Twenty years of research has used neuroimaging techniques to evaluate brain development among youth and adults with isolated oral clefts of the lip and/or palate (iCL/P).1,2,3 This work has documented structural differences in contrast to unaffected controls and suggests abnormal trajectories of neuronal growth and maturation. Findings demonstrate early reductions in total volume for both the cerebrum and the cerebellum, with these reductions limited to cerebral white matter in boys with iCl/P.2 Yang et al.3 found that infants (ranging from 6 to 24 months) with iCL/P had decreased volume and cortical thickness in the left auditory cortex. Neuronal abnormalities have been correlated to behavior,4 social functioning,5 cognition,6 and speech.7

There are three prevailing theories regarding the etiology of these neurological findings:

  1. 1.

    Exposure to anesthesia: Early and frequent exposure to anesthesia may be the causal factor resulting in both abnormal brain development and later functioning impairments. Research assessing the relationship of early surgery to later outcomes is limited to a retrospective chart review. Results showed increased exposure to anesthesia (total exposure prior to 6 years of age) being correlated to increased frontal lobe volume and decreased verbal intelligent quotient in later childhood and adolescence.8

  2. 2.

    Obstructed airway and low oxygenation: An emerging hypothesis is based on increased instances of obstructed airways among children with cleft, often resulting in obstructive sleep apnea.9 There is concern that reductions in oxygenation of the brain in infants may contribute to later cognitive deficits.10 Only one study to date has been conducted looking at outcomes of sleep disturbance at 3 years of age;11 issues in sleep were correlated to lower performance on cognitive tasks.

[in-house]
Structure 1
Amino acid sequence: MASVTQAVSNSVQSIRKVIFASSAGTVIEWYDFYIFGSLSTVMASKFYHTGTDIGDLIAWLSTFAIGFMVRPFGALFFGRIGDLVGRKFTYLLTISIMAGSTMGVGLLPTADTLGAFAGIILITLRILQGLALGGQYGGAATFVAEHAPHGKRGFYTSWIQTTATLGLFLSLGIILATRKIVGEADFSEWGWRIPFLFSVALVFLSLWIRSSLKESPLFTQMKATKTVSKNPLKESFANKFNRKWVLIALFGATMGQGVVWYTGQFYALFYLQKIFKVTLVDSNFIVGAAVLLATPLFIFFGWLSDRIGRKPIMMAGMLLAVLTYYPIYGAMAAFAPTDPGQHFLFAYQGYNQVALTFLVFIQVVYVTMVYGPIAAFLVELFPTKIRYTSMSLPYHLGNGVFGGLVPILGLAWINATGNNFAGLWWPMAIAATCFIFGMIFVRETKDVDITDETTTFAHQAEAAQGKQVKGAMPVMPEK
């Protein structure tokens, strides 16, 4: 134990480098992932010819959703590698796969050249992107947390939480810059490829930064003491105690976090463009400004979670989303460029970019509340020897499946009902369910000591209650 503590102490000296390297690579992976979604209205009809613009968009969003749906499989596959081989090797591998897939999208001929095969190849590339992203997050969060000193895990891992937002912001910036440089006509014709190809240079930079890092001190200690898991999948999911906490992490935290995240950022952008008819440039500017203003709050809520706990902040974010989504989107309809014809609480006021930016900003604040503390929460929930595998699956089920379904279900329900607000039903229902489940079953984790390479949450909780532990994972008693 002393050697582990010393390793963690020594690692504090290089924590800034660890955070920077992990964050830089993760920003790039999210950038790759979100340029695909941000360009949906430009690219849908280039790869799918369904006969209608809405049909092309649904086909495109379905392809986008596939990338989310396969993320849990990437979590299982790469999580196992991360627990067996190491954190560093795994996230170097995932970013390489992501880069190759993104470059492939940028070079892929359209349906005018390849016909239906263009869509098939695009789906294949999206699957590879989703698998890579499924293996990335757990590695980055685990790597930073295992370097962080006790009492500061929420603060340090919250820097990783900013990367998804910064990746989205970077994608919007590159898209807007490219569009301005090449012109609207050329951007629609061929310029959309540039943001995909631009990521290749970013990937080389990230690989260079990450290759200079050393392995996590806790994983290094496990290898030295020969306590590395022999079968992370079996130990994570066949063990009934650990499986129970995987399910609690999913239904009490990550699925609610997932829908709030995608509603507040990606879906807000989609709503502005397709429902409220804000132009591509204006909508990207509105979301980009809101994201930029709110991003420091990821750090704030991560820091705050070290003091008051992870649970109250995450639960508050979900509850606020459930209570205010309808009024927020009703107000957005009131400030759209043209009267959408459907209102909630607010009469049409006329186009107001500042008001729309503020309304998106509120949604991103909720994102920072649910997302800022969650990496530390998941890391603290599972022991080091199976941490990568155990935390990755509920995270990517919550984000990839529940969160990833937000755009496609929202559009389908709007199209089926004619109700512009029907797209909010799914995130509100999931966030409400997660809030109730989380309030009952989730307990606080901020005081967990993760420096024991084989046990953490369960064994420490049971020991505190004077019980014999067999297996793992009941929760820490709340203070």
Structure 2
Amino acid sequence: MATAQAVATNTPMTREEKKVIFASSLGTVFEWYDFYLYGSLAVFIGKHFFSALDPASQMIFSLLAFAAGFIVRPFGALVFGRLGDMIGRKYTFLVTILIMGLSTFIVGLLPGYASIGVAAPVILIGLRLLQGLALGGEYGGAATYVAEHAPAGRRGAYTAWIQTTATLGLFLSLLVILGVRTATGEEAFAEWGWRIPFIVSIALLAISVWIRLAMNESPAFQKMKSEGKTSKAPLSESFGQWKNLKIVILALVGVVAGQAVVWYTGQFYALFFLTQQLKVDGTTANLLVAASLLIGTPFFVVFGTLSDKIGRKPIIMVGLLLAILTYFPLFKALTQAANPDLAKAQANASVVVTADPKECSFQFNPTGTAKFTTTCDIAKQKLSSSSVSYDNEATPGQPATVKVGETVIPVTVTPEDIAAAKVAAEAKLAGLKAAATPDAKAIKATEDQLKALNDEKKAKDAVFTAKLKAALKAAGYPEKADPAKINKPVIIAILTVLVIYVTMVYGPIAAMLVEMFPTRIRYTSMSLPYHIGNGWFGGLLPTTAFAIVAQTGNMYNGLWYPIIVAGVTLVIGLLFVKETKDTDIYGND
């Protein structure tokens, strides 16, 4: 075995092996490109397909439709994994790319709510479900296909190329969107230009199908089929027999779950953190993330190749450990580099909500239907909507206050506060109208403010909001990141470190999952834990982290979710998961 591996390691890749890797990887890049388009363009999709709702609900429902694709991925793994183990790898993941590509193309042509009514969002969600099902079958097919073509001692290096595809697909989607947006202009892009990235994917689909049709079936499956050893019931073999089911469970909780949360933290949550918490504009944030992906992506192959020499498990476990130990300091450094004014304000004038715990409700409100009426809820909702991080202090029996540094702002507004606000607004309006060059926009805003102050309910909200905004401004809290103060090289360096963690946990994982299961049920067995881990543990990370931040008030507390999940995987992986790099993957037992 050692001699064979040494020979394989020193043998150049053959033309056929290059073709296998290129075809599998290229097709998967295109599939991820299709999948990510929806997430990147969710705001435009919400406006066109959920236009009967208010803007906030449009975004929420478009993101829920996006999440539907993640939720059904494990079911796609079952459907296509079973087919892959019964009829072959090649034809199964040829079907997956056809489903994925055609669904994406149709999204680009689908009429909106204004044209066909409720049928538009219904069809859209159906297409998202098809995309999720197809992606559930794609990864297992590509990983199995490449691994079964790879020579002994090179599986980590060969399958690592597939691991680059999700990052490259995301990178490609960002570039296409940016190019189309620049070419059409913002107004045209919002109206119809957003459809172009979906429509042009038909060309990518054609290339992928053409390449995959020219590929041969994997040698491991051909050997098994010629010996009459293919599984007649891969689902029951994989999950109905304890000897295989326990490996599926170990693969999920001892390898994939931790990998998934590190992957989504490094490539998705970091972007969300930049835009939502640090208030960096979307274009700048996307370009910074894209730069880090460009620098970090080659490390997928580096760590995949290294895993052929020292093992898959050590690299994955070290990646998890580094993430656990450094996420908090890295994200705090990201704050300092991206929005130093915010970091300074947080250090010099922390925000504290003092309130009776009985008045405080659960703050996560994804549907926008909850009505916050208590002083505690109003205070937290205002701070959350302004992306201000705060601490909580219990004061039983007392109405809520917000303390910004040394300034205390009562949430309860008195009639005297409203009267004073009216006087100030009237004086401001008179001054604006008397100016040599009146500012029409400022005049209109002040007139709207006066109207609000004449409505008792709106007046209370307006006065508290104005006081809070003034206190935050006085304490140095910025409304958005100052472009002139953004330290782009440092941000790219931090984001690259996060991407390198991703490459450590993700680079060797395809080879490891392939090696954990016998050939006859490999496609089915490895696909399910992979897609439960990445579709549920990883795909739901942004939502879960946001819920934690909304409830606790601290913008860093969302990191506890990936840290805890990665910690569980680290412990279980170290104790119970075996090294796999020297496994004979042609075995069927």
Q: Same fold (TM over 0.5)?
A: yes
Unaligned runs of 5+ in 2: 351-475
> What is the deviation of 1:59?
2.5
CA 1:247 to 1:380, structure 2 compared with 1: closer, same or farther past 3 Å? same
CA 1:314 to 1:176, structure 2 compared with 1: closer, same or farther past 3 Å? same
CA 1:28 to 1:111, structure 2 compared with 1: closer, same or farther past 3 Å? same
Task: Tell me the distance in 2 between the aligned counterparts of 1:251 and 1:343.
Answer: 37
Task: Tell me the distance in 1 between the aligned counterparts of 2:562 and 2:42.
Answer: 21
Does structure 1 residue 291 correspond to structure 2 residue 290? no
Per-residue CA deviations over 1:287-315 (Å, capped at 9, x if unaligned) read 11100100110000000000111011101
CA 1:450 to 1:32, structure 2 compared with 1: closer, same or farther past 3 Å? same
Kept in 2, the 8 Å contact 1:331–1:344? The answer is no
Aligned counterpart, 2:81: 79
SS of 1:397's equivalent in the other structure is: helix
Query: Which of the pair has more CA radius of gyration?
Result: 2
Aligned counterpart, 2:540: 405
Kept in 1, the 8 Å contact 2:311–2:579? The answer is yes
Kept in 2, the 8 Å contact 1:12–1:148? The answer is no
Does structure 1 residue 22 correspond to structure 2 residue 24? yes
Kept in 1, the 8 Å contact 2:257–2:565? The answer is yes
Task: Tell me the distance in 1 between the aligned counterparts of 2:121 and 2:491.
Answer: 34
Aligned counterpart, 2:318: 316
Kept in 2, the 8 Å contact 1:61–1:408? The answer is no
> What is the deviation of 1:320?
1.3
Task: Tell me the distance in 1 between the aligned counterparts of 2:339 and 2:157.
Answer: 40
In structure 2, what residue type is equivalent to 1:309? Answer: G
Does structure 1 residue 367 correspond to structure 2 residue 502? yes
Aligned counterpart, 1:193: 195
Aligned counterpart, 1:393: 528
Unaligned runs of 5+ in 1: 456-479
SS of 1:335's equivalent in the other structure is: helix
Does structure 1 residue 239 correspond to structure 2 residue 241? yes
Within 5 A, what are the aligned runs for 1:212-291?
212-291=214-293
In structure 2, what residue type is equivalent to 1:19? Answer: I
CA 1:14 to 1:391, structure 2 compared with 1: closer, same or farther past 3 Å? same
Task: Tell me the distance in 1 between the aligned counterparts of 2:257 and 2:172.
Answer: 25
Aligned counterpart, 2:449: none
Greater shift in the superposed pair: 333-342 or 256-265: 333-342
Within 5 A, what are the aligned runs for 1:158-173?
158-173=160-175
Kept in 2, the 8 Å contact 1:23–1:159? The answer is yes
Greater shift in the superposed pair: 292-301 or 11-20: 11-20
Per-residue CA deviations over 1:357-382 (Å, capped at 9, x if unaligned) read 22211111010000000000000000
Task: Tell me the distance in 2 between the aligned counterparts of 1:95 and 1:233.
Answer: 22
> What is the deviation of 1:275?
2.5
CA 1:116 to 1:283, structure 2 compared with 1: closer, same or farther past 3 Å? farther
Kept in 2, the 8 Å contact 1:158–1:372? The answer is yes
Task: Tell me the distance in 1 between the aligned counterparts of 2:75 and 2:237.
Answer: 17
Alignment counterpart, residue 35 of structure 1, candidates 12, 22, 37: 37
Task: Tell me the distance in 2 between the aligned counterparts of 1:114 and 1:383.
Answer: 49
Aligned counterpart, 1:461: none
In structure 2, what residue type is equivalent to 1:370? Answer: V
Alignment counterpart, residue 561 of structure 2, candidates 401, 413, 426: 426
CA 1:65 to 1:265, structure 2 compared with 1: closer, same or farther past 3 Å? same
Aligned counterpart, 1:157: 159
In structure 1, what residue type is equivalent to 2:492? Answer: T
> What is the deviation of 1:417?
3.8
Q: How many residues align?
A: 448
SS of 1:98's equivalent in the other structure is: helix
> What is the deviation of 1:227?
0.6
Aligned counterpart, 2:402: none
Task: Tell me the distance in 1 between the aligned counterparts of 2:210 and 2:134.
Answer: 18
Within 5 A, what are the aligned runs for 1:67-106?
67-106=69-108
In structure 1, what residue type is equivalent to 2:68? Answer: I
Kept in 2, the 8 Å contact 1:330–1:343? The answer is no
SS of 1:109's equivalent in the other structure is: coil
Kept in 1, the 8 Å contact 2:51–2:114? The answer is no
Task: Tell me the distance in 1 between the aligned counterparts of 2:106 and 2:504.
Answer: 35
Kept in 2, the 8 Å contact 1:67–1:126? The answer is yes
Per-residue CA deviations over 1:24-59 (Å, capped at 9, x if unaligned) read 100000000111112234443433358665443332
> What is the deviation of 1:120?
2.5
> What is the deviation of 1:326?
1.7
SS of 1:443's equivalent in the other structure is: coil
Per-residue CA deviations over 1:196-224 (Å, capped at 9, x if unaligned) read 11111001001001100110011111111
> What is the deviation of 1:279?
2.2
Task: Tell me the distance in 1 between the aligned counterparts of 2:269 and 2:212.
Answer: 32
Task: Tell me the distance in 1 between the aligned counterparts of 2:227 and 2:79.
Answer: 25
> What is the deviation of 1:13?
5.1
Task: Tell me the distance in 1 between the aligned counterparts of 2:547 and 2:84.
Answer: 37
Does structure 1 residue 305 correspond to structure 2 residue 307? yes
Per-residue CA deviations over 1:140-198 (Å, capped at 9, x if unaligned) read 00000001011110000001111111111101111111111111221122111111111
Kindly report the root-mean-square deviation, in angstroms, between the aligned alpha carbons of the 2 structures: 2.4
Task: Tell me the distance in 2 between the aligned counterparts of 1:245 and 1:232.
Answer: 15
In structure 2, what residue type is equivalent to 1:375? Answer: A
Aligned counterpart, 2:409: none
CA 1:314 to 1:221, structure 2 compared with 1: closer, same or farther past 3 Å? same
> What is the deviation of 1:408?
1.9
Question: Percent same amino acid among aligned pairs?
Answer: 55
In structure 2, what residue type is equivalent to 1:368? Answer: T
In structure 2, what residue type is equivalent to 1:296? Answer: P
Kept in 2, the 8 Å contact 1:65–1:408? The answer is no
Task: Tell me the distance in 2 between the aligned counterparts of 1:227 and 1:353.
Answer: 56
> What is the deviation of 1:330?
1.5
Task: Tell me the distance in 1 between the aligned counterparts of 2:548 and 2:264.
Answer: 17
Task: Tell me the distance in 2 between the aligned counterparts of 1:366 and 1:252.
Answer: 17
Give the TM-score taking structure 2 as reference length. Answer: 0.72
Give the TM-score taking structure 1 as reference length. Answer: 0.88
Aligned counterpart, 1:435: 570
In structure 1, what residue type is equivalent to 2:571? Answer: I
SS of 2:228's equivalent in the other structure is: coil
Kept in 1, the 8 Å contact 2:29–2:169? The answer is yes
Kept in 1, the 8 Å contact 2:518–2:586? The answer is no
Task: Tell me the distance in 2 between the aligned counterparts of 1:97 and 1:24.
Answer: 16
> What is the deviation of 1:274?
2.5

3. 3.

    Disrupted neuronal development (cortical dysplasia): An oral cleft occurs when there is disruption in the migration of cells that make up the lips and palate.12 These cells originate from the same cells that later develop into the brain and other components of the central nervous system. It is hypothesized that there may be concurrent abnormal migration in the developing brain cells, resulting in slightly abnormal neuronal structure and connections, and consequently, disrupted brain functioning.13 Additionally, volumetric differences across the age span are reflective of disrupted neuronal development (disturbed white matter growth and inefficient cortical pruning) in childhood and adolescence.2

To adequately assess the above theories, imaging must be conducted early in life, before exposure to anesthesia and potential impact of lowered oxygenation, with a proxy measure for early language skills. Infant vocalizations (e.g., recordings of cries) have previously been used as an indicator of pre-speech development. The first developmental step of an infant on his way towards speech and language is to control and modify air flow for phonation under changing subglottal pressure conditions.14 This is typically reflected by cry melody breaking, sometimes called “interrupted phonation,”15 generated through oscillatory pauses of the vocal folds or through laryngeal constriction phenomena.16,17 The infant’s ability to segment single cry utterances by complete (glottal stop) or incomplete laryngeal constriction (melody breaking) is thought to characterize early vocal development and to be an important prerequisite skill for later syllable production.18

Central integration of information from different brain regions is necessary to coordinate and fine tune respire-laryngeal interaction involved in cry production.17 This process starts during the first days of life,14 and well-coordinated interaction between phonation and supra-laryngeal activity in crying can be found starting at ~8 weeks of life.19 In contrast to the old “brainstem model” of cry production, which suggests that no structures rostral to the midbrain are required for infant crying, now scientists recognize the involvement of cortical brain structures.20 Recent findings confirmed that the production of laryngeal constriction is a regularly occurring developmental phenomenon in healthy infants’ spontaneous crying over the first 6 months,18 while an increased occurrence of melody contour breaking by one or more laryngeal constrictions within a cry utterance was found to indicate a developmental delay in vocal control.17 In a study of 21 infants with orofacial clefts and 50 typically developing infants in the second month of life,17 a significantly higher frequency of occurrence of melody breaking due to laryngeal constriction was found in the infants with iCL/P, independent of hearing performance and sex. This suggested delayed respiratory-vocal control in iCL/P infants.